Campus Buildings Category
It was the 1960s and the newly organized School of Physical Sciences and Applied Math was growing so much so that it needed more space for its Department of Physics.
And on this day in 1962 NC State administrators announced that the physics department would get a new home.
“The modern structure, slated for completion in the middle of 1963, will enclose approximately 64,000 square feet of laboratory and office space, and it will be completely air conditioned,” read the administration’s statement in The Technician that year. The building’s plans promised a six-story facility to be built behind Harrelson Hall and be utilized for general lab space for undergraduate and graduate physics students. Lectures were still going to be held in Harrelson. And the new building was set to also host the Department of Experimental Statistics.
The proposed physics building in 1962. Photo courtesy of NCSU Libraries.
The building was constructed and eventually became what is now known as Cox Hall. It was named for Gertrude Mary Cox, a statistics expert and the first woman to be a full professor and department head at NC State. She was hired to begin the Department of Experimental Statistics here.
The last remnants of Riddick Stadium, as noted in the winter issue of NC State magazine, came down last April when the stadium’s field house was demolished to improve pedestrian access and safety near the railroad tunnel. That means that the only remaining salute to one of the most important figures in NC State’s history is Riddick Hall, which houses the physics department.
And as much as Wallace Carl Riddick did for the university, both as an athletics coach and as an administrator trying to grow NC State, it’s fitting that the campus can’t wholly shake his name.
Riddick first came to NC State in the college’s infancy, joining the North Carolina College of Agriculture and Mechanic Arts in 1892. He came as a professor of civil engineering after graduating UNC-Chapel Hill and obtaining a graduate degree from Lehigh University (and, according to his obituary in the American Society of Civil Engineers, even being expelled from Wake Forest College for being a member of a fraternity, or as the college saw it, a secret society).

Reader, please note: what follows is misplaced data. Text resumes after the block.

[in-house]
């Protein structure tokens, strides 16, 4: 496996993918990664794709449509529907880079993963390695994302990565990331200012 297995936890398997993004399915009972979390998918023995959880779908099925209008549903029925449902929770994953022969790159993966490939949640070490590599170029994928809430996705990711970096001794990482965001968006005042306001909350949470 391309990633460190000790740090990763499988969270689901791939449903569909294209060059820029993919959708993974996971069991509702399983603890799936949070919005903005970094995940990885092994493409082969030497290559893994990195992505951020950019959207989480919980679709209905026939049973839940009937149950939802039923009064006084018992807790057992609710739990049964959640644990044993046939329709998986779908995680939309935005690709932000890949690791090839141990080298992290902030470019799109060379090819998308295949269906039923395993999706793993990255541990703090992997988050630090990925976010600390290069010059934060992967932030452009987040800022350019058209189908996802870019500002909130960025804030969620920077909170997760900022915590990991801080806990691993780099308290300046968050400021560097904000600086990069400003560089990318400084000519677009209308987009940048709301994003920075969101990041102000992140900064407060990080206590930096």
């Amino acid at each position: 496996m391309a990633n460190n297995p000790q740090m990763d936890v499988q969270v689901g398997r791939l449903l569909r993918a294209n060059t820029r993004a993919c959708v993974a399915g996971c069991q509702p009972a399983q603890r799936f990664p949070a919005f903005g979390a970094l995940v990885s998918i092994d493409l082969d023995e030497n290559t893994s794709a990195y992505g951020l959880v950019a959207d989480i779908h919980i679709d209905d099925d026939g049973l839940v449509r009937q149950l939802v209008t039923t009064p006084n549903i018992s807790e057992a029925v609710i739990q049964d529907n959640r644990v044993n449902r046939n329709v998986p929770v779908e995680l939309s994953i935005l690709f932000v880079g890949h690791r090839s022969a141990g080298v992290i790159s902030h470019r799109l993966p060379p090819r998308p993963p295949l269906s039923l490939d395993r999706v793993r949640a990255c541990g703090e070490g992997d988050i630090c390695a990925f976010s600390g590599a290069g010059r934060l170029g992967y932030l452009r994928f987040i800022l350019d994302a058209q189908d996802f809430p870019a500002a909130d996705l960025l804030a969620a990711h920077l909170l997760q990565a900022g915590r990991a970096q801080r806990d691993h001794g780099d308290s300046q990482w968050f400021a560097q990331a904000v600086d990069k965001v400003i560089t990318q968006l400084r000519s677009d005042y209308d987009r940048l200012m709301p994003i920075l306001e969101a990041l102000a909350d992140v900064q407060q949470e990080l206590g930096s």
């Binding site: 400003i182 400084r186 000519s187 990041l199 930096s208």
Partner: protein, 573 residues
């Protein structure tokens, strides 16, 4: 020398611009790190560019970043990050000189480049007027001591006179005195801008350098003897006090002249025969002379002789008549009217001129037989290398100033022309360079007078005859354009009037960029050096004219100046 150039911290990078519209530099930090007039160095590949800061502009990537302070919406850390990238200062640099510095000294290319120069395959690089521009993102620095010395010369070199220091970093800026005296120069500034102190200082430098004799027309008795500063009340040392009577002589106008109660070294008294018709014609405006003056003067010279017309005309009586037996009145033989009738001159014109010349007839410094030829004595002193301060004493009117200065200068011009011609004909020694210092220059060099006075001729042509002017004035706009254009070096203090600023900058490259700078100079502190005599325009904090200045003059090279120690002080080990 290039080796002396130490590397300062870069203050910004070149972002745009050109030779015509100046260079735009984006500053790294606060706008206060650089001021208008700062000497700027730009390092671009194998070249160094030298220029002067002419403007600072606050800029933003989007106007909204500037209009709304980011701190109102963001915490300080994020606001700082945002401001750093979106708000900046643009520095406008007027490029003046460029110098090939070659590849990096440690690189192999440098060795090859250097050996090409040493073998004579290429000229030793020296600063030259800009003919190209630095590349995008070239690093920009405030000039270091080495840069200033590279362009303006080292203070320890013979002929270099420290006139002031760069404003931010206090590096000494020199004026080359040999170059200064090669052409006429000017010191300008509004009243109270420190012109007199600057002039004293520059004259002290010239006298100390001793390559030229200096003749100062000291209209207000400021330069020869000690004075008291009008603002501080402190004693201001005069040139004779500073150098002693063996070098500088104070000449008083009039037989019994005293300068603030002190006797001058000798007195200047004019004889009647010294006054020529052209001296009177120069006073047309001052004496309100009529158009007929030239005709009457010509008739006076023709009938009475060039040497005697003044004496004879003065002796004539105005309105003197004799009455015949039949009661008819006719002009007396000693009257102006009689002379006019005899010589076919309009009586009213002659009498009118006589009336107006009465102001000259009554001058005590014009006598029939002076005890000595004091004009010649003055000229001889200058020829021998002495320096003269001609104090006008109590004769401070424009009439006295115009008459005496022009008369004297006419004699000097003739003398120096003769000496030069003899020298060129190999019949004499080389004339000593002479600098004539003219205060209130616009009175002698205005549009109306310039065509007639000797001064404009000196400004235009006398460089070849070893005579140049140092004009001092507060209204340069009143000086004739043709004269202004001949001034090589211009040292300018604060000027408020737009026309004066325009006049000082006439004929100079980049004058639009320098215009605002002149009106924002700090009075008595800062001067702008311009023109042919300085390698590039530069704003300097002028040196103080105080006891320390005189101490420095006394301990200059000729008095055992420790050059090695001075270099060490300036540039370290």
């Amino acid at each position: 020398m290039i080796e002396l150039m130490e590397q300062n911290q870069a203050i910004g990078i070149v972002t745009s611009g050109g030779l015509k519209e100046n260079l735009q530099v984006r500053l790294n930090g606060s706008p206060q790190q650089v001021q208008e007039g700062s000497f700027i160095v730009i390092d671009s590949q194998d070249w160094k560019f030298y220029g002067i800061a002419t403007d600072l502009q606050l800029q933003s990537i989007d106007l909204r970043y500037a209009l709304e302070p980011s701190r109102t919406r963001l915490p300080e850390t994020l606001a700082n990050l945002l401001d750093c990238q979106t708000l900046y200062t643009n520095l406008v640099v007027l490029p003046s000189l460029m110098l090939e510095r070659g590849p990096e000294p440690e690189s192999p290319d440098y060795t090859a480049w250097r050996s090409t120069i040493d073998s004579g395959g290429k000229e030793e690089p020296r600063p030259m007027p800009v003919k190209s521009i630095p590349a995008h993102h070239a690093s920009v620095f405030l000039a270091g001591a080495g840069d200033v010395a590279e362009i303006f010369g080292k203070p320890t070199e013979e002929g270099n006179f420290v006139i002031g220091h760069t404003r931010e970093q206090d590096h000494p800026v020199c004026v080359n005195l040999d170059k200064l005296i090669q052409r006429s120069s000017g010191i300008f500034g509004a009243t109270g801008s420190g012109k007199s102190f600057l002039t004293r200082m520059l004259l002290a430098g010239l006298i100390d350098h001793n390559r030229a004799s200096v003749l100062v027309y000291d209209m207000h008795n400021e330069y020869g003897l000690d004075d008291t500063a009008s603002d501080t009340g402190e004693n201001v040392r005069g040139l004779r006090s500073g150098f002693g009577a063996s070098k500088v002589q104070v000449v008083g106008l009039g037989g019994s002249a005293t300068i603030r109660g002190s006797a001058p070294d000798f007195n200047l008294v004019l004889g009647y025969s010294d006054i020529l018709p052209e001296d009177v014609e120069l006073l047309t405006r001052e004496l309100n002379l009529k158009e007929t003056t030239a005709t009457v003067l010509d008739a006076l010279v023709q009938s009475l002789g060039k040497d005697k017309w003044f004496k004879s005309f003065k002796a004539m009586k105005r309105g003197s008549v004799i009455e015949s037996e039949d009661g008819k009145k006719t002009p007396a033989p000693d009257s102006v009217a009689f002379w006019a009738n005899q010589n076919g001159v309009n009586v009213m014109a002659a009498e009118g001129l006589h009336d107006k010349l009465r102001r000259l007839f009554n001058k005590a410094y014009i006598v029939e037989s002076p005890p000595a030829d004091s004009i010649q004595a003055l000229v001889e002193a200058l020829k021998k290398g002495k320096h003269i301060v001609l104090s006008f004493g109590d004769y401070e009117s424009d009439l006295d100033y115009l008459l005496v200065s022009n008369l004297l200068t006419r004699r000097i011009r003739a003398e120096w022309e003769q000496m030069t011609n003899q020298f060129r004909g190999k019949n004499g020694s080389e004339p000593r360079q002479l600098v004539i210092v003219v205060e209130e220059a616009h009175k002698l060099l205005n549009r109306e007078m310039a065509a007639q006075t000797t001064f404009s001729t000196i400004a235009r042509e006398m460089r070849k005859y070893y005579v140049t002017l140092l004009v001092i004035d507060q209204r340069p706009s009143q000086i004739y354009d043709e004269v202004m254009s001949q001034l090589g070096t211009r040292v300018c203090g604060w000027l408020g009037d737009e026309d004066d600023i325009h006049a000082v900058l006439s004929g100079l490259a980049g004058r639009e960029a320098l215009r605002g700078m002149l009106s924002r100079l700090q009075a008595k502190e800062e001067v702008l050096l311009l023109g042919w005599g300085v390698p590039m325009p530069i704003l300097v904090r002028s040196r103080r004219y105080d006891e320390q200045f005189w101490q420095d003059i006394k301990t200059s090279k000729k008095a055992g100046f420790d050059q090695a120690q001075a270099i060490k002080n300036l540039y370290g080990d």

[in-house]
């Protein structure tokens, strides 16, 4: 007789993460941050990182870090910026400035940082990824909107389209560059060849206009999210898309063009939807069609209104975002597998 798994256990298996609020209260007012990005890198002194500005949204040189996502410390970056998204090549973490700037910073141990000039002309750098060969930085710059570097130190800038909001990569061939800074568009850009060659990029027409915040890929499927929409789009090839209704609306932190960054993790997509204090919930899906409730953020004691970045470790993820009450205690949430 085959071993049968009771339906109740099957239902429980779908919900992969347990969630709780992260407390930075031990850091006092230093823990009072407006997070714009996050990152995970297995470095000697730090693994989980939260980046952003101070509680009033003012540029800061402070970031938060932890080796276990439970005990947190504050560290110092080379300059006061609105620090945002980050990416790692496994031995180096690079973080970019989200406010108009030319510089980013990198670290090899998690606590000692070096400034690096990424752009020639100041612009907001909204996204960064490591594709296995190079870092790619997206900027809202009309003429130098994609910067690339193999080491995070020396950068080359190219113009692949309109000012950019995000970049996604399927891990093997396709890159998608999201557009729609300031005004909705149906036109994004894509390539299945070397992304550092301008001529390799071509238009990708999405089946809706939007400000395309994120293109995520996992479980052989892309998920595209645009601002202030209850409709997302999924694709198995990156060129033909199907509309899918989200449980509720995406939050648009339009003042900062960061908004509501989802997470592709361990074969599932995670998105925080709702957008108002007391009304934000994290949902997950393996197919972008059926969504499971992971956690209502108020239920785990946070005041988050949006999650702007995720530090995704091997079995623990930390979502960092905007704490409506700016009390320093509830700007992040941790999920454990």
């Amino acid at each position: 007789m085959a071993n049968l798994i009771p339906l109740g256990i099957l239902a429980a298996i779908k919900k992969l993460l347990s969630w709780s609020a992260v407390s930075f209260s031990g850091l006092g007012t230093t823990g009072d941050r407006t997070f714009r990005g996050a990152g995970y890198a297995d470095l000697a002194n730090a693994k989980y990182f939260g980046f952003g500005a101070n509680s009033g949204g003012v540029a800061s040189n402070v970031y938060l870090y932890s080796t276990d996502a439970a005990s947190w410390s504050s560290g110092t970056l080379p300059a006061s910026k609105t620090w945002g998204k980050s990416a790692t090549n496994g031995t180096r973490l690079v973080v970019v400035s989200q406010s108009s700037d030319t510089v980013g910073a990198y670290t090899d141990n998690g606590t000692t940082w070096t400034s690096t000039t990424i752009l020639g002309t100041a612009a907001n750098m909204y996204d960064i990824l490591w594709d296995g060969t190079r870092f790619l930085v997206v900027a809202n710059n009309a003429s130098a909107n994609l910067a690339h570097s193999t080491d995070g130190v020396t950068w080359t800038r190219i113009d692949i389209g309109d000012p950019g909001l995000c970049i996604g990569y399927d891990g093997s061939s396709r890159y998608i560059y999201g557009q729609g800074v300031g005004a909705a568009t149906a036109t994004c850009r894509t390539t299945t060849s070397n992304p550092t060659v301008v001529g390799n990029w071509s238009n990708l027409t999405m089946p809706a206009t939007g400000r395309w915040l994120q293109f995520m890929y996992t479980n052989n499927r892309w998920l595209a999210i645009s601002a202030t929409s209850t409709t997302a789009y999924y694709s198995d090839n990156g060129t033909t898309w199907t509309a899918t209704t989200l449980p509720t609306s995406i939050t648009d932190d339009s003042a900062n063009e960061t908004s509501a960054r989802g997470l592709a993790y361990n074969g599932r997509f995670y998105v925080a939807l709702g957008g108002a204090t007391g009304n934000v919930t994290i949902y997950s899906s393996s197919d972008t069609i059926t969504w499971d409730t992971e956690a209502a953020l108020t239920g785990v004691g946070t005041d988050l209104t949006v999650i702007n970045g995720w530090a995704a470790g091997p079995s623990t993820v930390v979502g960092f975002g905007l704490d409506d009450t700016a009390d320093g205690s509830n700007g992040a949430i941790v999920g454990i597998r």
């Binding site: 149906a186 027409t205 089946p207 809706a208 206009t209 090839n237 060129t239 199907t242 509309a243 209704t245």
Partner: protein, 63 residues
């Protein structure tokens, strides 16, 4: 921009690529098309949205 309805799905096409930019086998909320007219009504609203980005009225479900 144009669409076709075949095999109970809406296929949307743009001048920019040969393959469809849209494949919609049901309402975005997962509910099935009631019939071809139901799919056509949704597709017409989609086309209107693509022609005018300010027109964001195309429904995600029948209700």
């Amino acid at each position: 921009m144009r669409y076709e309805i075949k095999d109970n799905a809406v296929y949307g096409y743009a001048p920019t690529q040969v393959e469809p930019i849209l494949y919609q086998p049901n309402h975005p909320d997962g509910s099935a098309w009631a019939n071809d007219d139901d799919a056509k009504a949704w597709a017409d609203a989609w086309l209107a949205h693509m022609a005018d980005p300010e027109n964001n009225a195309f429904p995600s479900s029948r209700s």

In his years of building a robust civil engineering department at the college, Riddick became known as being the “father of engineering in North Carolina,” as former chancellor J.W. Harrelson once described him. And David Lockmiller, in his History of the North Carolina State College of Agriculture and Engineering, credits Riddick’s efforts as being the driving force behind bringing sewer connections and city water to campus in the early 1900s. Riddick also coached the 1898 and 1899 football squads.
Riddick was elected vice-president in 1908 and president in 1916. The college’s name was changed to North Carolina State College of Agriculture and Engineering during his time in office, according to Hardy D. Berry’s Place Names on the Campus of North Carolina State University. Riddick gave up the post in 1923 to become the first dean of the School of Engineering.
When Riddick Engineering Laboratories were dedicated in April 1951, the formal program memorialized Riddick, who had died in 1942, as “the man who has served State College in more capacities and for a longer time than any other person.” It also hailed his leadership for guiding “the college through the turbulent period of the first world war and its aftermath. Under his guidance the college made some of its greatest progress.”
Riddick later in his life.
In Riddick’s file at the Alumni Association, there is a letter from his wife, Lillian Daniel Riddick, in which she outlines her husband’s belief in NC State and the students it serves. She tells a story about a group of Serbian students who were brought over to study at NC State with their first year paid for. But when it became apparent that personnel changes at the college had led to those same students not having a funding source for their remaining three years, Riddick stepped in. As president, he persuaded the Board of Trustees to let the Serbian young men finish their studies with the college giving them their tuition and board.